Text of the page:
Concussion Center at Infocus Eyecare

What is a Concussion ?

A concussion (or mild traumatic brain injury) is a complex pathophysiological process affecting the brain, induced by traumatic biomechanical forces secondary to direct or indirect forces to the head. The adult brain is a 3 lb. organ that floats inside the skull. It is surrounded by cerebral spinal fluid which encases the brain in nutrient rich fluids and acts like a shock absorber protecting it from mild impacts. When the brain moves rapidly inside the skull, a concussion has technically occurred. Common scenarios that can lead to a concussion is a direct blow to the head or a whiplash effect to the body. The impact rapidly accelerates the head, causing the brain to strike the inner skull (i.e., the coup). When the head decelerates and stops its motion, the brain then hits the opposite side of the inner skull (i.e., the contre-coup).

The second common scenario is a rotational concussion, in which the head rapidly rotates from one side to another causing shearing and straining of brain tissues. In either case, delicate neural pathways in the brain can become damaged, causing micro-neurological and neurochemical disturbances referred to as an Energy Crisis.


It is for this reason that brain imaging (i.e., CT Scan, MRI) typically appear normal and do not reveal an injury. A concussion may or may not involve a loss of consciousness (90% of concussed do not lose consciousness) but results in a constellation of physical, cognitive, emotional, and sleep-related symptoms. Recovery is a sequential process and symptoms may last from several minutes to days, weeks, months, or even longer in some cases.

A major determinant of severity due to a sport-related concussion is an athlete's prior history of concussions. Research suggests that if someone has already received one concussion, they are 1-2 times more likely to receive a second one. If they've had two concussions, then a third is 2-4 times more likely, and if they've had three concussions, then they are 3-9 times more likely to receive their fourth concussion. More seriously, however, is second impact syndrome.

Second Impact Syndrome occurs when a second concussion occurs prior to complete recovery of the first. The secondary blow does not need to be severe and often times can be very subtle or mild as the still damaged brain is unable to regulate intracranial and cerebral pressures leading to additional brain swelling. Because the brain is still recovering, irreversible damage may more easily occur leading to long term behavioral and physiological changes. This may be the basis for the Chronic Traumatic Encephalopathy (CTE) seen in many of the professional athletes today.

Youth athletes are at greater risk of concussion as the young brain is still developing. The tissue is more susceptible to neurochemical, metabolic changes, the axons are not yet fully insulated or myelinated thus is not as able to recover as quickly as an adult brain. Additionally, the cervical and shoulder musculature is less developed resulting in a decreased ability to absorb mechanical energy throughout their bodies, and they are less likely to use proper techniques to reduce risk. ALL CONCUSSIONS ARE SERIOUS. While a majority of concussed athletes will recover within the first 3-4 weeks some will have symptoms that persist for several months to years and 5-10% will last a lifetime.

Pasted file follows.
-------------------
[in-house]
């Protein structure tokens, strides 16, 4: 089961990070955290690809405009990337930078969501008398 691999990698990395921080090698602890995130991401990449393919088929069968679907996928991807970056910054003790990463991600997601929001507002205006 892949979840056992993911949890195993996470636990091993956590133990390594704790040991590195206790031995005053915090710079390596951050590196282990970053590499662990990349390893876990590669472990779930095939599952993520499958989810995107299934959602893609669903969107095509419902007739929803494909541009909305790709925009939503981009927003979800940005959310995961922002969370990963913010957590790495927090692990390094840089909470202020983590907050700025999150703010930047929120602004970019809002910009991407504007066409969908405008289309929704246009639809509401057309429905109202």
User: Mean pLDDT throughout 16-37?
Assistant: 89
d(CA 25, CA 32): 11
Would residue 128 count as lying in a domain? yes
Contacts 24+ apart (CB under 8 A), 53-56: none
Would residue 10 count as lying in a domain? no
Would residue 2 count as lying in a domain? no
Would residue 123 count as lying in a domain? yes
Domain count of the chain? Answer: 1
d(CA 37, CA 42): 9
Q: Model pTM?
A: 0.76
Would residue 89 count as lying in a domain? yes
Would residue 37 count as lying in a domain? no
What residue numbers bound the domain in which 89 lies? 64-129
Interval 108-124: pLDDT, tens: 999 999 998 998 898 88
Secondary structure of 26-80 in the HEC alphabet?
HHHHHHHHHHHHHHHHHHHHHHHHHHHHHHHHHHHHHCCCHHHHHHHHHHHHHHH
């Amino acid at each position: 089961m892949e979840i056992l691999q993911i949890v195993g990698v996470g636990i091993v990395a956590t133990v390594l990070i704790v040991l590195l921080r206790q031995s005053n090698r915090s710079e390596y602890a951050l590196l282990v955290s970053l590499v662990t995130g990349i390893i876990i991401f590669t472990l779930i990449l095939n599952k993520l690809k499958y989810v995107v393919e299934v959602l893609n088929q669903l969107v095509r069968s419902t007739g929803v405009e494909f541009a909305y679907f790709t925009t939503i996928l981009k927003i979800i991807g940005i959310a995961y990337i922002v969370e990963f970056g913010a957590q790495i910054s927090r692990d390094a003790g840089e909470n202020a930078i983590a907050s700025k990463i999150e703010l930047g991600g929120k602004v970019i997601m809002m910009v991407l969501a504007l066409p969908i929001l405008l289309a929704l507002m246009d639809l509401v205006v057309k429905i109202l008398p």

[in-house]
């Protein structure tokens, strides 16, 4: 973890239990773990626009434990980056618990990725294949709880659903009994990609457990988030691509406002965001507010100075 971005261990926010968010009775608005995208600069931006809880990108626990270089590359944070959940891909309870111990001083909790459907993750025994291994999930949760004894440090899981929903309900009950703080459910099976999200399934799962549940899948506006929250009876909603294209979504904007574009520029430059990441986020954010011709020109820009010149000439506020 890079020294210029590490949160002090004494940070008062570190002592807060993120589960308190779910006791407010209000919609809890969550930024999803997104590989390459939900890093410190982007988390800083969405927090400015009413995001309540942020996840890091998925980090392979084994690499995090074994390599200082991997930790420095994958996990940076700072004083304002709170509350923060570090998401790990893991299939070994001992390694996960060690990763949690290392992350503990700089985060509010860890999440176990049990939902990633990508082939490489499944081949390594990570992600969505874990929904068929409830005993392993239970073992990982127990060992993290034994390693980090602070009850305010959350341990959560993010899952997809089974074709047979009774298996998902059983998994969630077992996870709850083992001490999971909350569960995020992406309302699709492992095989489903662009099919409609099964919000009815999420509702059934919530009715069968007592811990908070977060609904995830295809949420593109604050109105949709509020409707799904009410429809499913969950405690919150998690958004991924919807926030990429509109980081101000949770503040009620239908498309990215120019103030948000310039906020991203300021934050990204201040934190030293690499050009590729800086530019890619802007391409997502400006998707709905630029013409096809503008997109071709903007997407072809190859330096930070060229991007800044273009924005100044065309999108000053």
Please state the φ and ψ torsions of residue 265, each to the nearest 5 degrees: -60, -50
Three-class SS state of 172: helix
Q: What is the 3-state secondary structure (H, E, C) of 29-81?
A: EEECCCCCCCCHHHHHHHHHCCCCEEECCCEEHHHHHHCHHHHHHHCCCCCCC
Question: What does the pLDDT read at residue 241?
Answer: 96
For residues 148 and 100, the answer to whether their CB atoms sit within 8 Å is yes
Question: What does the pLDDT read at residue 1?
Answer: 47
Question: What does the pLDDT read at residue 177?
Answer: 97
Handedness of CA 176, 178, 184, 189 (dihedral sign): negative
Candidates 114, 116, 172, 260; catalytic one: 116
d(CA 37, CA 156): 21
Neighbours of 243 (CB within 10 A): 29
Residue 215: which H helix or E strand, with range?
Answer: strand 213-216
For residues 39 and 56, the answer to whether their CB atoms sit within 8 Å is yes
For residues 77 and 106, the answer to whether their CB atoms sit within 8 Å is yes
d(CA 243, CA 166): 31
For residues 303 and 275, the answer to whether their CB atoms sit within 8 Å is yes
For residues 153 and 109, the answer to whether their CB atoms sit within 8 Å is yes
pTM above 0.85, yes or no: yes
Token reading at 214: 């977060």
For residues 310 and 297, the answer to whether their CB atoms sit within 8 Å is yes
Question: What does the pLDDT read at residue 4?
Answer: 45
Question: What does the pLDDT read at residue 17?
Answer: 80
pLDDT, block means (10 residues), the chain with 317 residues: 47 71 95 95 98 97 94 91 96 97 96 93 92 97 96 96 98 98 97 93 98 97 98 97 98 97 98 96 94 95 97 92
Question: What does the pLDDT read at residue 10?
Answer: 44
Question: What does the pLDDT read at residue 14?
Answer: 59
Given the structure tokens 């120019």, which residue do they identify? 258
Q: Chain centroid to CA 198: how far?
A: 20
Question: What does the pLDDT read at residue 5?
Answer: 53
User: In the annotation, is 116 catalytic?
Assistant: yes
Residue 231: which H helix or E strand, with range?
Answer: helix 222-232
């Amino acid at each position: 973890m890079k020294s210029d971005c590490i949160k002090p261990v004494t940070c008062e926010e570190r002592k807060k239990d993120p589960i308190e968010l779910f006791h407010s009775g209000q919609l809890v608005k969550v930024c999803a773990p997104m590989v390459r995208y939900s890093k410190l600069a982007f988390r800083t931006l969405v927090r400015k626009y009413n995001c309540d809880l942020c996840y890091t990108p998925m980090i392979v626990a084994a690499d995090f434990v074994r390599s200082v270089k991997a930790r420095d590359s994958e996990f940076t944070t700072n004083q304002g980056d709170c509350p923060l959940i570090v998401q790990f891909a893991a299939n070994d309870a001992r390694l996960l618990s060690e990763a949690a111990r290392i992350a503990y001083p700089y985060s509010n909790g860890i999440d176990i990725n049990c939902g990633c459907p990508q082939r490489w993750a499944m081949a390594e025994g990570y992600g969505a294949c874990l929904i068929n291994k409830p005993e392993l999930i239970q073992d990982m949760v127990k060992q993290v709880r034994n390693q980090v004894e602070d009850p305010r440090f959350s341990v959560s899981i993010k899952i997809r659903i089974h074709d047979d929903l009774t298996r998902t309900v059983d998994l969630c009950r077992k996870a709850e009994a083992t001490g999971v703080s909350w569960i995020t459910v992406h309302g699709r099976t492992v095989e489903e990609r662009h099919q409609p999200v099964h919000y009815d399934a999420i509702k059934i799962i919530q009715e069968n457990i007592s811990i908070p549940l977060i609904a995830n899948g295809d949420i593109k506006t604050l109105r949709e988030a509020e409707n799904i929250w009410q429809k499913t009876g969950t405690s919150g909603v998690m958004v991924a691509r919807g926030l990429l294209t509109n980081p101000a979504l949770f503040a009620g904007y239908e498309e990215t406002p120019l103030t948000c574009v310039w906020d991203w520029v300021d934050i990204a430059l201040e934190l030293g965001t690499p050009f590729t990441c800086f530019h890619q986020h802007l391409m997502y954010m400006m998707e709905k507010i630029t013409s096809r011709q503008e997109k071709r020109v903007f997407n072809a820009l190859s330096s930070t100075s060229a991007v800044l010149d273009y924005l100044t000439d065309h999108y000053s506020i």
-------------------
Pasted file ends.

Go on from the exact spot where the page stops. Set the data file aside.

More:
Prevalence

  • 3,800,000 concussions reported in 2012, double what was reported in 2002.
  • Only 1 in 6 concussions are diagnosed.
  • Athletes of all ages, participating in sports, are at risk for concussion 65% of concussions occur in children between 5 and 18 years of age.
  • 1 in 5 high school athletes will sustain a sports concussion during the season.
  • 47% of all reported sports concussions occur during high school football.
  • Estimated 53% of high school athletes have sustained a concussion before participation in high school sports.
  • 36% of collegiate athletes have a history of multiple concussions.
  • Females are more likely than their male counterparts to sustain a concussion, and they tend to have more symptoms and require more time to recover. Various neuroanatomical and biomechanical differences exist between the genders in sports that could contribute to these differences.
  • Recent research demonstrates that high school athletes not only take longer to recover after a concussion when compared to collegiate or professional athletes, but they also may experience greater severity of symptoms and more neurological disturbances as measured by neuropsychological and postural stability tests.
  • Fewer than 10% of sport related concussions involve a Loss of Consciousness (e.g., blacking out, seeing stars, etc.).
  • Football is the most common sport with concussion risk for males (75% chance for concussion).
  • Soccer is the most common sport with concussion risk for females (50% chance for concussion).
  • 78% of concussions occur during games (as opposed to practices).
  • Some studies suggest that females are twice as likely to sustain a concussion as males.
  • Headache (85%) and Dizziness (70-80%) are most commonly reported symptoms immediately following concussions for injured athletes.
  • Estimated 47% of athletes do not report feeling any symptoms after a concussive blow.
  • A professional football player will receive an estimated 900 to 1500 blows to the head during a season.
Remember, there is hope and there is help in recovering from a concussion.